Journal of Plant Research

, Volume 110, Issue 3, pp 363–370

Phytochrome-mediated branch formation in protonemata of the mossCeratodon purpureus

  • Takatoshi Kagawa
  • Tilman Lamparter
  • Elmar Hartman
  • Masamitsu Wada
Original Articles

DOI: 10.1007/BF02524935

Cite this article as:
Kagawa, T., Lamparter, T., Hartman, E. et al. J. Plant Res. (1997) 110: 363. doi:10.1007/BF02524935

Abstract

We have analyzed light induction of side-branch formation and chloroplast re-arrangement in protonemata of the mossCeratodon purpureus. After 12 hr of dark adaptation, the rate of branch formation was as low as 5%. A red light treatment induced formation of side branches up to 75% of the dark-adapted protonema. The frequency of light induced branch formation differed between cells of different ages, the highest frequency being found in the 5th cell, the most distal cell studied from the apex. We examined the effect of polarized light given parallel to the direction of filament growth. The position of branching within the cell depended on the vibration plane of polarized red light. Branch formation was highest when the electric vector of polarized light vibrates parallel to the cell surface and is fluence rate dependent. The positional effect of polarized red light could be nullified to some extent by simultaneous irradiation with polarized far-red light. An aphototropic mutant,ptr116, shows characteristics of deficiency in biosynthesis of the phytochrome chromophore and exhibits no red-light induced branch formation. Biliverdin, a precursor of the phytochrome chromophore, rescued the red-light induced branching when added to the medium, supporting the conclusion that phytochrome acts as photoreceptor for red light induced branch formation. The light effect on chloroplast re-arrangement was also analyzed in this study. We found that polarized blue light induced chloroplast re-arrangement in wild-type cells, whereas polarized red light was inactive. This result suggests that chloroplast re-arrangement is only controlled by a blue light photoreceptor, not by phytochrome inCeratodon.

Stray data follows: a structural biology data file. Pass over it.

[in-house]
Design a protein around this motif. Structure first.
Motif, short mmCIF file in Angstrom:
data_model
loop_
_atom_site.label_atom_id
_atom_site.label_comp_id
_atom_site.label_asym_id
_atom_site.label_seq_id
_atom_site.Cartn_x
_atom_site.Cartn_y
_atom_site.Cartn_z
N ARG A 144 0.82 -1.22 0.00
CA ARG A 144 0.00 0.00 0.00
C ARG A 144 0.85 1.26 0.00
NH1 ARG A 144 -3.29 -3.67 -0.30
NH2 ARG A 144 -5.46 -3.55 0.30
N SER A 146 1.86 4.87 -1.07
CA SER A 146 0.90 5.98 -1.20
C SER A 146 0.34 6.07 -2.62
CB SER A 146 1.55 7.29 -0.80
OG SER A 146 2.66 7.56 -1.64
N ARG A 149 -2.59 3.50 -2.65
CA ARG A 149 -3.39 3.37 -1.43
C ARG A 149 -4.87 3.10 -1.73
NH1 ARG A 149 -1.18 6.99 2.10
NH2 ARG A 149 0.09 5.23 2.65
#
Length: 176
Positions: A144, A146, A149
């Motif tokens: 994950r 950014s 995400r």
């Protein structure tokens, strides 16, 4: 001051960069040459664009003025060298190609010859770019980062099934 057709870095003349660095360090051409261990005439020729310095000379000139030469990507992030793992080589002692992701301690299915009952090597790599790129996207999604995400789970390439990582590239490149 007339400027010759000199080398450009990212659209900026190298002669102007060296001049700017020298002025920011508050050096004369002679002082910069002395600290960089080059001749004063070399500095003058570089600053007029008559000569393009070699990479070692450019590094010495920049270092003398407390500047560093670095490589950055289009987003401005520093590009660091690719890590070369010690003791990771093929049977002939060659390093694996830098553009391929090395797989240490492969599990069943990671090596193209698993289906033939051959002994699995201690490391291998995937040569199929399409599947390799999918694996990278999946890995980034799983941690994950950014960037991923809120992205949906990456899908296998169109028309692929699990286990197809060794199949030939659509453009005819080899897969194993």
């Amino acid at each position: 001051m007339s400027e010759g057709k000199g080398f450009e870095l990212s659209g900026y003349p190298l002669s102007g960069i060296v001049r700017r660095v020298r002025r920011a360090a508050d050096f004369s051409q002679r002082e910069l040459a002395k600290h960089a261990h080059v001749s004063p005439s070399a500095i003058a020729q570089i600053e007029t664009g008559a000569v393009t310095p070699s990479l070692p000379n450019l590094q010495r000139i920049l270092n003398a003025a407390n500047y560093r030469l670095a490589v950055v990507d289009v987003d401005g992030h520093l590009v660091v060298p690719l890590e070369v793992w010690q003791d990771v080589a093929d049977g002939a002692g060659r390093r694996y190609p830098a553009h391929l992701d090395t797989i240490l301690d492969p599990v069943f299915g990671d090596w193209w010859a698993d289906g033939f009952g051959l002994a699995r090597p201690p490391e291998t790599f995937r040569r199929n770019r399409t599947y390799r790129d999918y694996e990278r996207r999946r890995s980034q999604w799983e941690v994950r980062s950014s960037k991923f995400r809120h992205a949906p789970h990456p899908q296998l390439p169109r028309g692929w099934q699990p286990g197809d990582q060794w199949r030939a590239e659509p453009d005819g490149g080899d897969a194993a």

Key words

Blue light photoreceptor Branching Ceratodon purpureus Chloroplast movement Phytochrome (action dichroism) 

Abbreviations

B

blue light

F

flanking position

FR

far-red light

H

pol. light, horizontally-vibrating polarized light

I

intermediate position

IR

infra-red

R

red light

T

top-or-bottom position

V

pol. light, vertically-vibrating polarized light

wt

wild type

Copyright information

© The Botanical Society of Japan 1997

Authors and Affiliations

  • Takatoshi Kagawa
    • 1
  • Tilman Lamparter
    • 2
  • Elmar Hartman
    • 2
  • Masamitsu Wada
    • 3
  1. 1.Laboratory for Photoperception and Signal TransductionFRP, RIKEN InstituteSaitamaJapan
  2. 2.Institute for Plant Physiology and MicrobiologyBerlin Free UniversityBerlinGermany
  3. 3.Department of Biology, Faculty of ScienceTokyo Metropolitan UniversityTokyoJapan

Personalised recommendations